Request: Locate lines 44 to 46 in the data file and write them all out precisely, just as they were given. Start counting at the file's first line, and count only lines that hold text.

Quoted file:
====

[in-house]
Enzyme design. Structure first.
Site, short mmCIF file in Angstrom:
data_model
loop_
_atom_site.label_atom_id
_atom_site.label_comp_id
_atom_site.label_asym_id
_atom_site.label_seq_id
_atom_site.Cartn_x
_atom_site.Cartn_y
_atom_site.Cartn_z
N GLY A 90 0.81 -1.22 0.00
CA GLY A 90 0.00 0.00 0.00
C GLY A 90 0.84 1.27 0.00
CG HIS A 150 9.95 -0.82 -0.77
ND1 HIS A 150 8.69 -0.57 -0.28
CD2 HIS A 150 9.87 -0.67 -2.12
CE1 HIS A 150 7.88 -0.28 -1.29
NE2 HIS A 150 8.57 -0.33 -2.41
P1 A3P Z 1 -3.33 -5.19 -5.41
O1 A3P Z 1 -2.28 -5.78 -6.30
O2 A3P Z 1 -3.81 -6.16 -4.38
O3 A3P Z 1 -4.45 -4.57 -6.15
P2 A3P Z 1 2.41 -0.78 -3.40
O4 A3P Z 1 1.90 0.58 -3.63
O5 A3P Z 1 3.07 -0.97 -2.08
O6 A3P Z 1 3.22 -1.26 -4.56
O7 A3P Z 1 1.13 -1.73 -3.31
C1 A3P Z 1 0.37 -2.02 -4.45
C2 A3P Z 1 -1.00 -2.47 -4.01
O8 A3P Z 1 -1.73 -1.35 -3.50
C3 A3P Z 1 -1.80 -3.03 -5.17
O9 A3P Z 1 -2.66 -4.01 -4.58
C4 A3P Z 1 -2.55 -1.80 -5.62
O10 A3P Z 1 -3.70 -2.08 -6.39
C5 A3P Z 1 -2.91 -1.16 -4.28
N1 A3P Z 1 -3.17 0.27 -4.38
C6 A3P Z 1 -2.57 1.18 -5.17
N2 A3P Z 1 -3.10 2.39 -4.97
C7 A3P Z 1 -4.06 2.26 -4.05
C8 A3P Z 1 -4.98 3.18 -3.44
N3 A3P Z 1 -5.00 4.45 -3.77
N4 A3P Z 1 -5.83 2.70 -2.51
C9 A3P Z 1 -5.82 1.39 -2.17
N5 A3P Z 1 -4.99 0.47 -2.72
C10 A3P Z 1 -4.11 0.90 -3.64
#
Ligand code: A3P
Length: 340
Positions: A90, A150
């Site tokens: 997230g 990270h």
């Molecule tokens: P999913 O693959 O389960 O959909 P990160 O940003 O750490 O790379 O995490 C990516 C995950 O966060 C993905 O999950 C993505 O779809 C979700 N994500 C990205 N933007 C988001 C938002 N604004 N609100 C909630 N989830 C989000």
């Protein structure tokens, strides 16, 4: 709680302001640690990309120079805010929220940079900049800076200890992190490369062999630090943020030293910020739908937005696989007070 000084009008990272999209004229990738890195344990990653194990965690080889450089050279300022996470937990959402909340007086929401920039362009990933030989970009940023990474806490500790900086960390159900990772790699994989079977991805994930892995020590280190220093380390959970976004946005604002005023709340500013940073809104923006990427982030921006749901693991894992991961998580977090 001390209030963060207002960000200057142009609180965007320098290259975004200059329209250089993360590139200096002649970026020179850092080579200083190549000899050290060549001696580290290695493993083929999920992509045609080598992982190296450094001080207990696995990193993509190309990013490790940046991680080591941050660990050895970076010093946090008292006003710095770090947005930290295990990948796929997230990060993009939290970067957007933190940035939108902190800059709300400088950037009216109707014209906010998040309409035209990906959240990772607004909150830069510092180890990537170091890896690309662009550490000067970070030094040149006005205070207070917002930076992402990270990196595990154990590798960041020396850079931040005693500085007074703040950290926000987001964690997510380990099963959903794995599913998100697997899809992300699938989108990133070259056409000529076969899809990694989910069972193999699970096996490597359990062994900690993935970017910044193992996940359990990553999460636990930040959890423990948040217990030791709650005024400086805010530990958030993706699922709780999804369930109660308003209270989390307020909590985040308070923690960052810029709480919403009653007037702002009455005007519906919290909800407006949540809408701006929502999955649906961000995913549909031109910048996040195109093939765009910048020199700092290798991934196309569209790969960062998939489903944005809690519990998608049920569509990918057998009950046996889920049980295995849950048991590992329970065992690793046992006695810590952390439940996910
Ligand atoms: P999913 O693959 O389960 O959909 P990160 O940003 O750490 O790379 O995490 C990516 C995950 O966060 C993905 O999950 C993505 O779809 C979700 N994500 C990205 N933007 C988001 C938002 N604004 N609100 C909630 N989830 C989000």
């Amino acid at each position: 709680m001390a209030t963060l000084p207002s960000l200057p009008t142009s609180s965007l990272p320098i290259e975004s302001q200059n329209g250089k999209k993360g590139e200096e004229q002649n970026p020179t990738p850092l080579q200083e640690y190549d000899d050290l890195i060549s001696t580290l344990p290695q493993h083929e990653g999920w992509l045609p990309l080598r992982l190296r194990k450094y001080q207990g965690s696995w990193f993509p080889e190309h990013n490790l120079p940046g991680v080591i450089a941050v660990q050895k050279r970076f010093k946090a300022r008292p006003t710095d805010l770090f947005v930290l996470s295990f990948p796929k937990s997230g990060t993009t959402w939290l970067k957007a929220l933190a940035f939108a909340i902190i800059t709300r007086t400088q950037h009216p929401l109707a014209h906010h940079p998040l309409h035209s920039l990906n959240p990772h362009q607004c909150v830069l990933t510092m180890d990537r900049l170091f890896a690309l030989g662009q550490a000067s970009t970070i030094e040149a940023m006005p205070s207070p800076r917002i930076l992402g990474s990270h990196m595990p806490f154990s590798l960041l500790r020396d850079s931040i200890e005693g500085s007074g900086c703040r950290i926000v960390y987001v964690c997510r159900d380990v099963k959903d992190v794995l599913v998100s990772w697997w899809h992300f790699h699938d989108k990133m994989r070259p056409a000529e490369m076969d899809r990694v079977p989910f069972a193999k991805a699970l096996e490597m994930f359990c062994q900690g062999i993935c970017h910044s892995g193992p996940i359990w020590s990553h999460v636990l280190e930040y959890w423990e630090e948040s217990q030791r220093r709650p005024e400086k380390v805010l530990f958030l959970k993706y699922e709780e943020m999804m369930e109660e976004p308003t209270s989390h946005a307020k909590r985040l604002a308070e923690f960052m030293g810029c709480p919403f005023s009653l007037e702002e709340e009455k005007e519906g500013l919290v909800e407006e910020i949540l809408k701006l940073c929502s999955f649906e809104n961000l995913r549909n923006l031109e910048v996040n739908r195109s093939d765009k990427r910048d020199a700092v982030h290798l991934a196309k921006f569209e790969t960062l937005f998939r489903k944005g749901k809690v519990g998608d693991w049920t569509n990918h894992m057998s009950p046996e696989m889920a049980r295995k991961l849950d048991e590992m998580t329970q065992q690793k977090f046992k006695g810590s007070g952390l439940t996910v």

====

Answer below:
N4 A3P Z 1 -5.83 2.70 -2.51
C9 A3P Z 1 -5.82 1.39 -2.17
N5 A3P Z 1 -4.99 0.47 -2.72